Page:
The conventional paradigm considers only the magnitude of energy consumed per capita as an indicator of the country’s “progress,”1 but it does not take into consideration the social, environmental, and security impacts of energy consumption.2 With this paradigm based on increased consumption of fossil fuels,3 the resulting environmental, social and economic costs, are enormous.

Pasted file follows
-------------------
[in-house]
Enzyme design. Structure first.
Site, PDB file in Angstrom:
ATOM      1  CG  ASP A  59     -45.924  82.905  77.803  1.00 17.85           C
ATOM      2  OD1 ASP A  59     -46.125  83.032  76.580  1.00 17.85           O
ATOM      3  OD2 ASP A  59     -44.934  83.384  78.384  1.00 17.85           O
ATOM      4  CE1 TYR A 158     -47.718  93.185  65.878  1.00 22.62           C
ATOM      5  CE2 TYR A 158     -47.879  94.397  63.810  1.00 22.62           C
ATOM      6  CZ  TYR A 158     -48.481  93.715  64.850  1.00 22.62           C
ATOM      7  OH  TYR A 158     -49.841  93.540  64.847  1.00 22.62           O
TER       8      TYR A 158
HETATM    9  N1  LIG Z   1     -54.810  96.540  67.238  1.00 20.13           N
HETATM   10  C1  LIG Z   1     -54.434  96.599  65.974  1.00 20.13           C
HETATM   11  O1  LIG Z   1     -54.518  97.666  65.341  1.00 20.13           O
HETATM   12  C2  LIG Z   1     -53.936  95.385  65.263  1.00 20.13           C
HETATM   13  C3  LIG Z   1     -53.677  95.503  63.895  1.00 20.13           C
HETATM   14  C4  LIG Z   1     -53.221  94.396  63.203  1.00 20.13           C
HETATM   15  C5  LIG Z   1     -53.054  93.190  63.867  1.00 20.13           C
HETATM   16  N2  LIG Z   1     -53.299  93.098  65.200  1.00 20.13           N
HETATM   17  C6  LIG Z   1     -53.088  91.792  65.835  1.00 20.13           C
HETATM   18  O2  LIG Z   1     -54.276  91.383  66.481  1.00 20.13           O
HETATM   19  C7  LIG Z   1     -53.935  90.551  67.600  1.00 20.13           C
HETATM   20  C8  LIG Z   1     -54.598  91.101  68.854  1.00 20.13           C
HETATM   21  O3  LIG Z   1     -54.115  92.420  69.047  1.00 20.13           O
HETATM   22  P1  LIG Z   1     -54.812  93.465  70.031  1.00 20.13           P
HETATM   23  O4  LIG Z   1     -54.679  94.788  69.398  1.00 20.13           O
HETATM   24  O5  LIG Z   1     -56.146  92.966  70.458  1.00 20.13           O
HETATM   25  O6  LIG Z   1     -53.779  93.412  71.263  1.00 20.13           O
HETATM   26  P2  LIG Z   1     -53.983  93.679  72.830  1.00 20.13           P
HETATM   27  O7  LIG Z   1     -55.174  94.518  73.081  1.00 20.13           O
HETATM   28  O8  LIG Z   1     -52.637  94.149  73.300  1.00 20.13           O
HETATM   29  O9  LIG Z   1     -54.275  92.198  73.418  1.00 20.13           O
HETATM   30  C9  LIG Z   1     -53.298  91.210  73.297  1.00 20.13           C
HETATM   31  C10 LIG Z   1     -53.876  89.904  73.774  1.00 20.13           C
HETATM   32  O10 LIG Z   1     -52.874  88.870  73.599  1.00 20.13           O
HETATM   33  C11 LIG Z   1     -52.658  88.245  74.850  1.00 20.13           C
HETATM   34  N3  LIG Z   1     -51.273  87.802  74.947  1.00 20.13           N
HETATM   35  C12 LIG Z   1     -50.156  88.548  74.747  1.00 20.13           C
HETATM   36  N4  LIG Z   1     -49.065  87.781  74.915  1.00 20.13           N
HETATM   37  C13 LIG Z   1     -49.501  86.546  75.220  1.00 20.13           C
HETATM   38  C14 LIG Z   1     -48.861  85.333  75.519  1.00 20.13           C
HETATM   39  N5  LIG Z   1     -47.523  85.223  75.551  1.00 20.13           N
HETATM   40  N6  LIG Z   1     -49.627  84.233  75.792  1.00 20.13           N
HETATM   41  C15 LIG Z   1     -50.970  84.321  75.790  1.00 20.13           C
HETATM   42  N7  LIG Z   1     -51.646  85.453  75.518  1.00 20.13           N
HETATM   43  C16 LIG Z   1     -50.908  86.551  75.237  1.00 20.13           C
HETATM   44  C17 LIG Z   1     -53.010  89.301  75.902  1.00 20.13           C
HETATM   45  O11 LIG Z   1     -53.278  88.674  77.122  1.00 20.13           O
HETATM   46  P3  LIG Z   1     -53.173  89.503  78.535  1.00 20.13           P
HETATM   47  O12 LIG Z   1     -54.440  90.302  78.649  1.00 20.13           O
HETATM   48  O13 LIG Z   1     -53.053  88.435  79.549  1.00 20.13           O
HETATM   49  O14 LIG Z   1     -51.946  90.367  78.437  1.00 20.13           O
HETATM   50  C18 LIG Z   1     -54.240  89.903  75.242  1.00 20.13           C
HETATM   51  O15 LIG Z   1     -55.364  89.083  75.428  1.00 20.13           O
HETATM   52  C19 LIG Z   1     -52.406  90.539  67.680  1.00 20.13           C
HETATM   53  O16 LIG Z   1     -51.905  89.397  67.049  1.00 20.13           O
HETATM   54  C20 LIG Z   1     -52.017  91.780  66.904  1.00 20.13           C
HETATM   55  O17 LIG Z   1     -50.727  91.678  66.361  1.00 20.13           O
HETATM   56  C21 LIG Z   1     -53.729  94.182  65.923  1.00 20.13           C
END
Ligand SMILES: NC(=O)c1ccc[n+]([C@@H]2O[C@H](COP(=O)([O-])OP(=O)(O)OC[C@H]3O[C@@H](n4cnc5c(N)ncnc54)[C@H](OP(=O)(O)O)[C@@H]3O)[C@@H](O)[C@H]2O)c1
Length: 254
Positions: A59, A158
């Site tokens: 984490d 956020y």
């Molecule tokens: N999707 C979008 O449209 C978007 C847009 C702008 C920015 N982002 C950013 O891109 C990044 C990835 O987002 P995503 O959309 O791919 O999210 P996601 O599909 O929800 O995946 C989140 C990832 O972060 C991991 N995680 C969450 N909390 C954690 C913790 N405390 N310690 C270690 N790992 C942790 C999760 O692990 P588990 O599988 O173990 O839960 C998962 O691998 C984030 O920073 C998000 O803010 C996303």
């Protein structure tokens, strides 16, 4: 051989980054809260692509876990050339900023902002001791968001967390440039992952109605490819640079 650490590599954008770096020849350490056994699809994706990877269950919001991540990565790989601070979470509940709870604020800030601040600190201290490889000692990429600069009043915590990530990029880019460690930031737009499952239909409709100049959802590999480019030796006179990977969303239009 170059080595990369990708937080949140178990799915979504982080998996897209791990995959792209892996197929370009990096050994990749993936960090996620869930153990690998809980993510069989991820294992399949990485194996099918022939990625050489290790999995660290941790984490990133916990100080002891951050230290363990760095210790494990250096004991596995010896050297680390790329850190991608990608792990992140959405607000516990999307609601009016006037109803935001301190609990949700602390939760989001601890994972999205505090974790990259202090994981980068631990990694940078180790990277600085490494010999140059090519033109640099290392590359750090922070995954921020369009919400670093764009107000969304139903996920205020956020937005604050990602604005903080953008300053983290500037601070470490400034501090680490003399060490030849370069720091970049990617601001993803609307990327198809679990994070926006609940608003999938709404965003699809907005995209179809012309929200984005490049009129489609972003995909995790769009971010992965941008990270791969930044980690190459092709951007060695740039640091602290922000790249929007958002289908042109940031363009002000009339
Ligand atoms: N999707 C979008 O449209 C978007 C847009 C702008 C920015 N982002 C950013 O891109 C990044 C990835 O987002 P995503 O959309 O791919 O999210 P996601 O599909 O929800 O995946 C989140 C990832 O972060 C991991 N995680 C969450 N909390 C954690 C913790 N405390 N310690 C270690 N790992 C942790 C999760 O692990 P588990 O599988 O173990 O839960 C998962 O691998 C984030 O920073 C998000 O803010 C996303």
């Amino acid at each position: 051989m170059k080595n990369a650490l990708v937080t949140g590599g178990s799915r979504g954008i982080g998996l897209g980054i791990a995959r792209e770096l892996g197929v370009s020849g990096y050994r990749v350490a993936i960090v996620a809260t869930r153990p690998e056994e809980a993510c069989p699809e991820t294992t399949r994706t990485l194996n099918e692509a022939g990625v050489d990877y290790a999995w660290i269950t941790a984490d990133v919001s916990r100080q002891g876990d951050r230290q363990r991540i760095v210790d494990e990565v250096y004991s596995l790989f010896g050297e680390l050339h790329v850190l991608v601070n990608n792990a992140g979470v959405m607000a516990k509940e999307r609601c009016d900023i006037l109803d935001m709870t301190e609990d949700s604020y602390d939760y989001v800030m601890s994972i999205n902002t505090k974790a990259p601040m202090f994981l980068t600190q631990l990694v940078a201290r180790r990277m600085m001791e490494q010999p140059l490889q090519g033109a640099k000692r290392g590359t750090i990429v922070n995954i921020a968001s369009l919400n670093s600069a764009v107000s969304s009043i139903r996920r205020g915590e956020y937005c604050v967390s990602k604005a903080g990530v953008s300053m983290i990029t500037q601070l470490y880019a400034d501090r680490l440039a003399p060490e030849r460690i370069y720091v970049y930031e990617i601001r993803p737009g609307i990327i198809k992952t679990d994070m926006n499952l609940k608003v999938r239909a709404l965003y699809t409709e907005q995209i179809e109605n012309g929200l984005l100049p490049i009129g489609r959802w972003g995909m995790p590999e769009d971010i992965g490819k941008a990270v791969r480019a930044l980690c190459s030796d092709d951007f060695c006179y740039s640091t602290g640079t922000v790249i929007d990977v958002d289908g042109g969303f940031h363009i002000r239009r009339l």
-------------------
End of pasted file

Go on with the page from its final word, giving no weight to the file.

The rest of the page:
Today, the world is facing massive environmental challenges. Global warming and climate change, ozone depletion, loss of biodiversity, soil erosion, and air and water pollution are global problems with wide-ranging impacts on human populations. In addition to environmental problems, there are also serious security issues associated with the large-scale use of fossil and nuclear fuels. Tensions arise from depletion of global fossil fuel resources,4 uncertainties in energy prices and energy availability,5 geopolitical tension caused by the concentration of oil and gas resources in a few regions of the world, and the risk of nuclear proliferation threatening global security.6 Political pressures surrounding fossil fuels can lead to unrest, regime changes, and even war.